EPW and the Mumbo-Jumbo on Telangana

Dr. G. Vijay, a scholar of the Department of Economics, University of Hyderabad, has written to me recently and sent his article published in the reputed journal Economic & Political Weekly (Issue XLVII, No 37, 15 September, 2012) in its ‘Commentary’ section.

Its title is Telangana Movement: Democratisation or Authoritarianism.

He hoped, in his mail, that I would find his article ‘interesting’. He also said that he wanted to have my comments and suggestions (sic) on his article.

Economic and Political Weekly has been giving space to only one side of the argument on the Telangana issue. Perhaps, only those who favour the division of the state of Andhra Pradesh are writing to it. I do not know. But as a responsible journal interested in a serious political and economic discourse, I assume it is its duty to source writings that cogently present the other point of view. It is a serious omission on journal’s part. I would even say that it is an unpardonable omission.

EPW has in the past has published several pieces on the Telangana issue. They were badly researched; their assertions were unsupported by data, unfaithful to history; they labored under an inability to differentiate between cultural contradictions and cultural diversity, failed to appreciate a people’s urge for unity on the basis of language; and were crude in applying political and economic categories. They were above all quite insensitive to the opinion of the silent majority. The piece written and signed by Rama Melkote and others is a classic example of this genre that found place in EPW.

Therefore, when Dr Vijay said that he sent me his piece published in EPW and wanted my comment, I was a bit puzzled.

He would not have been unaware of my stand on the issue.

But if he thought it worthwhile to send it to me for my comment, I had expected it to contain something either close to my position on the issue or something that seriously challenged it.

When I looked at it, it turned out to be full of usual mumbo-jumbo. The blurb of the article itself revealed it as nothing more than a pamphlet mouthing the clichéd separatist propaganda.

I will pick only a few of his assertions to illustrate.

He says in his piece that “The division of the state therefore tops the people’s agenda, cutting across regions.” He should only know how he could make such a sweeping statement. He probably has his own tools to divine that it tops the people’s agenda and that it cuts across regions. His tools have not helped him to hear the voices in Telangana region itself that fiercely oppose the division of the state.

He goes on to say something even more bewildering than this. “The paradox is that subregional movements seem parochial in form while having a substantive democratic content, whereas the slogan of a unified state is parochial in its content and only pretentiously enlightened in its articulation.” It takes several leaps of imagination for anyone to juxtapose parochialism and unity on the one side and subregionalism and substantive democratic content on the other.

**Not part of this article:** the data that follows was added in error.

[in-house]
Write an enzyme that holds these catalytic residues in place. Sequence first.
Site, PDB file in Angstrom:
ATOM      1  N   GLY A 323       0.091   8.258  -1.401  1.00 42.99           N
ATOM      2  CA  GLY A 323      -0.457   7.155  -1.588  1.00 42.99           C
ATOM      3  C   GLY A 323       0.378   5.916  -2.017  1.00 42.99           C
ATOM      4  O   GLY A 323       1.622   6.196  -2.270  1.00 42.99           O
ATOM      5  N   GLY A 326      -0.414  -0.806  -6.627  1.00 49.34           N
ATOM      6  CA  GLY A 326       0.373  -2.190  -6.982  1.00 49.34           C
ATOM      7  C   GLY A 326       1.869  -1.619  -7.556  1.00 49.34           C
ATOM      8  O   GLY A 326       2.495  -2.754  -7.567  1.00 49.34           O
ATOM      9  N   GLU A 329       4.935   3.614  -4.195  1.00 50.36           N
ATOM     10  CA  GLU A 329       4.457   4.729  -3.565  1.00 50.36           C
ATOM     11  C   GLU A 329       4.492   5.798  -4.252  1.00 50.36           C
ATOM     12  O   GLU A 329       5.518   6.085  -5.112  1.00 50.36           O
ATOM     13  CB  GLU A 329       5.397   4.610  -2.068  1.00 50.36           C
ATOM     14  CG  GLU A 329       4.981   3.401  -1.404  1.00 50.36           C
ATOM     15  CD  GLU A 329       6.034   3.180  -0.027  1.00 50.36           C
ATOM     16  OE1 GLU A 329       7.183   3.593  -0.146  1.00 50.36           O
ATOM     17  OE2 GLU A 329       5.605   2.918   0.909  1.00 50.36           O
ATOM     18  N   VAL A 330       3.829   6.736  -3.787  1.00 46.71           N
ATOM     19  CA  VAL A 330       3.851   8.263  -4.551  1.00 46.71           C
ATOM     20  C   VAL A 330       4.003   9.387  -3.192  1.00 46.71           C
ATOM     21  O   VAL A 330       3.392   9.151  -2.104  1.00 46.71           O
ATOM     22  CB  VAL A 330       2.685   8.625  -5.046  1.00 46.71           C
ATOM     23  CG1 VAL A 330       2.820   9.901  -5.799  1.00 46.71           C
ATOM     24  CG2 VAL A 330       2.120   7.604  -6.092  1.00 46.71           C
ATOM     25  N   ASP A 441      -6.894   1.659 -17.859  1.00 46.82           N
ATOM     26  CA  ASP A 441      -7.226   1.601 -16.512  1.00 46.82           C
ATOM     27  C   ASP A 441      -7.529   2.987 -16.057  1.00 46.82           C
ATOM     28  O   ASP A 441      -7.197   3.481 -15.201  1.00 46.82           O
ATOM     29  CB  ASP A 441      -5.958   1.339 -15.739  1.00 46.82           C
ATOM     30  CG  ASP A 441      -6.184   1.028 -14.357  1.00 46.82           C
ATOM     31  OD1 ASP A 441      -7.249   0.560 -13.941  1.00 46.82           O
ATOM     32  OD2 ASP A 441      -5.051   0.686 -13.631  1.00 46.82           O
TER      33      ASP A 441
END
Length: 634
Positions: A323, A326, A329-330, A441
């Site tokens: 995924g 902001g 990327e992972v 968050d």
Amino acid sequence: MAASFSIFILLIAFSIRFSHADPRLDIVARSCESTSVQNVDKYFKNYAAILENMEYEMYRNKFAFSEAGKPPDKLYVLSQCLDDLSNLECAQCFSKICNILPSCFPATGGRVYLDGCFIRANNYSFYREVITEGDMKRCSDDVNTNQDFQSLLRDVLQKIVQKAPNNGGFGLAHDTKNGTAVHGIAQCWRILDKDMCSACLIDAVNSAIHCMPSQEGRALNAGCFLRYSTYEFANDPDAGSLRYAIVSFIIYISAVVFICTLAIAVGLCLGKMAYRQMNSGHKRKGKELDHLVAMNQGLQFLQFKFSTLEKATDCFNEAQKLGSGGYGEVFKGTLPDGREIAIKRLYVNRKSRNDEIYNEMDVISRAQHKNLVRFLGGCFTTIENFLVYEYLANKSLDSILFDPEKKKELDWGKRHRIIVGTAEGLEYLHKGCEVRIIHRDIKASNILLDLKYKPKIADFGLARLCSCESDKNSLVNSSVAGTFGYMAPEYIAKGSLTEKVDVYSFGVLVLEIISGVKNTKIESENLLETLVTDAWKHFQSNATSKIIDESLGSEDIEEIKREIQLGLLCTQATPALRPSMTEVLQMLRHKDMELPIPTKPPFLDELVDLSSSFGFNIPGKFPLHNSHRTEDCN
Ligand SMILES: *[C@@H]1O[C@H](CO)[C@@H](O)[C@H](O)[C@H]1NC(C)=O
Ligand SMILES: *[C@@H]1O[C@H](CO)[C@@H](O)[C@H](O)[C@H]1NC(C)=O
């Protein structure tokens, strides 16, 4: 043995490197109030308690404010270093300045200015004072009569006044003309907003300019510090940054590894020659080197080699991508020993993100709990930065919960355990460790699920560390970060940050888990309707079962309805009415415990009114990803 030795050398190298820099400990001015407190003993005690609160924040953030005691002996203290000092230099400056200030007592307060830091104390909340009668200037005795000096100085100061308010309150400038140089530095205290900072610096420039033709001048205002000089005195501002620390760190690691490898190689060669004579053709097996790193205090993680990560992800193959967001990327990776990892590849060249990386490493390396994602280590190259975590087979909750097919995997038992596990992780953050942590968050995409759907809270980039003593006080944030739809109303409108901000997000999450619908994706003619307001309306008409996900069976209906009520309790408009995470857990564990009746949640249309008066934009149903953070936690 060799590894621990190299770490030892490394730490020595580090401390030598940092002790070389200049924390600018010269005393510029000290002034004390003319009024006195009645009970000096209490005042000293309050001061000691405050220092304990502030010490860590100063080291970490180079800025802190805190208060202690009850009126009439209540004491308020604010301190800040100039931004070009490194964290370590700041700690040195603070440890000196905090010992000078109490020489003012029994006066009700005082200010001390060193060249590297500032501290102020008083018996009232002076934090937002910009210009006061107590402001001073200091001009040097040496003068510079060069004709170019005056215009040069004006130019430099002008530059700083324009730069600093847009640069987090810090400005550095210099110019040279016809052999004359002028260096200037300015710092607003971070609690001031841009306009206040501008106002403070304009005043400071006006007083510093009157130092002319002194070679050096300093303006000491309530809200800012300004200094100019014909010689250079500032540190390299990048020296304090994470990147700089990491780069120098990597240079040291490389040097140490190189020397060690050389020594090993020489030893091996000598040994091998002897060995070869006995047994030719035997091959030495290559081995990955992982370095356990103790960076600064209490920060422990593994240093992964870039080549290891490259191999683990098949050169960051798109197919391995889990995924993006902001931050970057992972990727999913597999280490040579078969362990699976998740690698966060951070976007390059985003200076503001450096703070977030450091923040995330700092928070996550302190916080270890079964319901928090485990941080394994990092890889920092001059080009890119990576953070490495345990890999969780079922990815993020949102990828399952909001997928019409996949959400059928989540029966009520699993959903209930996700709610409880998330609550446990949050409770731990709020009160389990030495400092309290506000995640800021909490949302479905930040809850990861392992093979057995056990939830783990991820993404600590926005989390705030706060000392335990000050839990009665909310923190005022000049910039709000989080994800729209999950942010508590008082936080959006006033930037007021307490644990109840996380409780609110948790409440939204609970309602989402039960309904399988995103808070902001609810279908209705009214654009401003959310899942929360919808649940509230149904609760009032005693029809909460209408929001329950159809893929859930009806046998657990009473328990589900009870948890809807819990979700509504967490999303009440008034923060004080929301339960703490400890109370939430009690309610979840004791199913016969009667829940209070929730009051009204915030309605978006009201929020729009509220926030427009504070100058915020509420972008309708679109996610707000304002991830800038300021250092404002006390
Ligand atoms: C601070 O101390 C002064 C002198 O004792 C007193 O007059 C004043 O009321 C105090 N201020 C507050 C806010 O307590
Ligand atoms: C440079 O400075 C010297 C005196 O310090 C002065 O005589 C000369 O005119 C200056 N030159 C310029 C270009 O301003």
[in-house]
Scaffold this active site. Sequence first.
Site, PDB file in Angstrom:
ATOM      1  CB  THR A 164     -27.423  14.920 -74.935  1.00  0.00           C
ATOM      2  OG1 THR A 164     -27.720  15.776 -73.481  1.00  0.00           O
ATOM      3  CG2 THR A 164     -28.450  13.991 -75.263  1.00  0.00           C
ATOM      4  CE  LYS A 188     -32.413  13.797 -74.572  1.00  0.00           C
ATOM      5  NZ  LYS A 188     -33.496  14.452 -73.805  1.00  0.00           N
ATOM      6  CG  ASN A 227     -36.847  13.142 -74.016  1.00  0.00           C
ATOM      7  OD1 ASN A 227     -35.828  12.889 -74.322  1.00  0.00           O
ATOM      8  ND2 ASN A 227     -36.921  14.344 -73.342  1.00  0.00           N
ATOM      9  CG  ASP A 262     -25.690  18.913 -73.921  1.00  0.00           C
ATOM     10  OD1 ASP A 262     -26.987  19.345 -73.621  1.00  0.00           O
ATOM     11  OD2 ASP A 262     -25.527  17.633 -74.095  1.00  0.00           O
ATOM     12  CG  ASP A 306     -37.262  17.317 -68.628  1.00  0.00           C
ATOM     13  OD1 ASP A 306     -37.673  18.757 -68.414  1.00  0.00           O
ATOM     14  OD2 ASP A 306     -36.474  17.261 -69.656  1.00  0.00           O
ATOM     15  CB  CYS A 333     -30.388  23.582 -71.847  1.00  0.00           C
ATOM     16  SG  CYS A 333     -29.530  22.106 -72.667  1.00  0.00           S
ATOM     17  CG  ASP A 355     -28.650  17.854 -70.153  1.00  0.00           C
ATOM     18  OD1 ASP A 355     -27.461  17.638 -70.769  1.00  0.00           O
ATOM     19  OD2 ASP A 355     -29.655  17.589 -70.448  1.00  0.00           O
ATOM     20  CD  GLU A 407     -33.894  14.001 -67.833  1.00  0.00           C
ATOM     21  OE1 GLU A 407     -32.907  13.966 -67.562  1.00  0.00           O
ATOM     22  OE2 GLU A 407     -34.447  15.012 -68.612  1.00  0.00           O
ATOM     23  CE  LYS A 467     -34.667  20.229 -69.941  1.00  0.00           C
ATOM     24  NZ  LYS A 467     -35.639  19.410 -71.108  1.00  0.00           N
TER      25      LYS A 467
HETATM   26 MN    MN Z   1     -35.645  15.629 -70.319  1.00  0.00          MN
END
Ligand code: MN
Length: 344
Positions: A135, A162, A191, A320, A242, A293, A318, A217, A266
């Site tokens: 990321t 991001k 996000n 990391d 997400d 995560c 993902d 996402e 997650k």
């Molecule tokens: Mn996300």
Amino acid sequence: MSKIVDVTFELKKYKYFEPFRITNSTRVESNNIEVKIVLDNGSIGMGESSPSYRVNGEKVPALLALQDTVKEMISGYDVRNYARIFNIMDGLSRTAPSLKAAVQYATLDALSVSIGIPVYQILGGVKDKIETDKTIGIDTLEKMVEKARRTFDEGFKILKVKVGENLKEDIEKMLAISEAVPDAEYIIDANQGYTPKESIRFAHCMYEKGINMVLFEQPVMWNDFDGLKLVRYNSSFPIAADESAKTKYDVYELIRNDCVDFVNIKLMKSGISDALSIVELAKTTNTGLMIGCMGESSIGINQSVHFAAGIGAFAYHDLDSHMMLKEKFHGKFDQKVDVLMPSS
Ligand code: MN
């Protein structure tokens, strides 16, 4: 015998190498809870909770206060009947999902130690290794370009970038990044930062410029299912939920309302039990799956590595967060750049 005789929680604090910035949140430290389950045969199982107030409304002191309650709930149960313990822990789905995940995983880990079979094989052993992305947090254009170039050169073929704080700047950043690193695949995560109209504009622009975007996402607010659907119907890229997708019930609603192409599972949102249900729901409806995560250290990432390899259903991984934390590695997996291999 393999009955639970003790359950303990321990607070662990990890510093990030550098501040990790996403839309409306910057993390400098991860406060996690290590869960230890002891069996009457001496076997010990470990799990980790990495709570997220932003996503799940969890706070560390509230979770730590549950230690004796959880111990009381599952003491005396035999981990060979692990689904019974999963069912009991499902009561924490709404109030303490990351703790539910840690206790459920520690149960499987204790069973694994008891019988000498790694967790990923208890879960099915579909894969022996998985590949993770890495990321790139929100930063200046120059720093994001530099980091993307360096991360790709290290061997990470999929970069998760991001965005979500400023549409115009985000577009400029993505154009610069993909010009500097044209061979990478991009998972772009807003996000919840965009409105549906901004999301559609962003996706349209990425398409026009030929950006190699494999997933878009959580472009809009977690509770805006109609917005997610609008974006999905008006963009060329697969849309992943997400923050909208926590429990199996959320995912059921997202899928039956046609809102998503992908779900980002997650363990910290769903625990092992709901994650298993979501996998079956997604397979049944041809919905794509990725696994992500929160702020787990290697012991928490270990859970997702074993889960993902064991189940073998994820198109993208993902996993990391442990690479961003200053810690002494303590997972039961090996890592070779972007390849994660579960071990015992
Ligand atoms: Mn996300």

He also says “In spite of widespread support in Andhra Pradesh for the Telangana cause…” Notwithstanding their desire for achieving a separate Telangana state, even the most ardent protagonists do not believe that they have widespread support for their cause. Every available measure like general elections, by-elections, opinion polls such as the one conducted by Centre for Study of Developing Societies (CSDS)-Lokniti, have given ample evidence that the support for the division has always been quite disproportionate to the shrillness of the demand. I am not able to fathom what vantage point does a perch in the Department of Economics in a University gave to the writer to come to that conclusion.

He imagines that the impasse is due to “the nexus between the state and the ‘mafia-backed Seemandhra oligarchy”.

Of the two categories the writer posits here, only the state is real. The other, ‘mafia-backed Seemandhra oligarchy’ is only a creature of his imagination. Perhaps this could be his code word for an unprintable expletive.

The impasse, if there is one,  is only because the union government, unlike in the past, has not been able to say firmly that it is not in favour of dividing the state.

He gets it wrong again when he says that the movement’s failure to him could result in “the forces of lawlessness acquiring new strength, with disastrous consequences for the common people.”

 It is actually the other way round.

It is this agitation that has spawned a huge new bunch of lumpens who are marching the streets vandalizing cultural icons, indulging in extortion, and terrorizing people into acquiescence to forced bandhs.

Interestingly, the sakala janula samme (the general strike) that the writer brandishes as a proof of support to the agitation has mysteriously exempted liquor outlets from closure. That shows the character of the general strike. Characteristically, and not surprisingly, it escapes the notice of our writer.

It is sad that a journal like the Political and Economic Weekly chooses to print anything which has some right keywords that sound interesting to people of a particular persuasion in social sciences.

I wish the EPW’s editorial policy is a bit more responsible and demands diligence from its writers.

I am sad that our universities are churning out such sub-standard social science.

14 Responses to “EPW and the Mumbo-Jumbo on Telangana”

  1. September 11, 2012 at 10:35 am #

    You are very skilled in usage of English language. Your post was easy to read and in parts actually delightful. Ofcourse I agree with the content.

    Thanks,
    Kiran

  2. September 12, 2012 at 10:58 am #

    The oligarchy is not imaginary. The contractor-neta-babu nexus is in full swing. Just check the % of contractor-politicos and witness the ongoing investigations.

  3. September 12, 2012 at 2:55 pm #

    Dear Prabhakar Garu,
    A very well argued reply. I hope people understand from it that only in Unity lies strength, and stop calling for further divisions that can only make us ineffective at the Centre.
    Best Wishes.. P.T.

  4. September 13, 2012 at 7:38 am #

    Jai,

    The nexus may be there (i am not sure “oligarchy” is the correct word) but what is not right is to give it a”seemandhra” spin and run politics around it. Thats really insulting the millions of hard working, upright people in seemandhra. Also its really the worst sort of identity politics that humanity has seen now and often. The nexus exists among telangana politicians, contractors too – not to mention delhi politicians or maharsthra politciians. Are you going to demand a separate country ?

    • September 13, 2012 at 2:44 pm #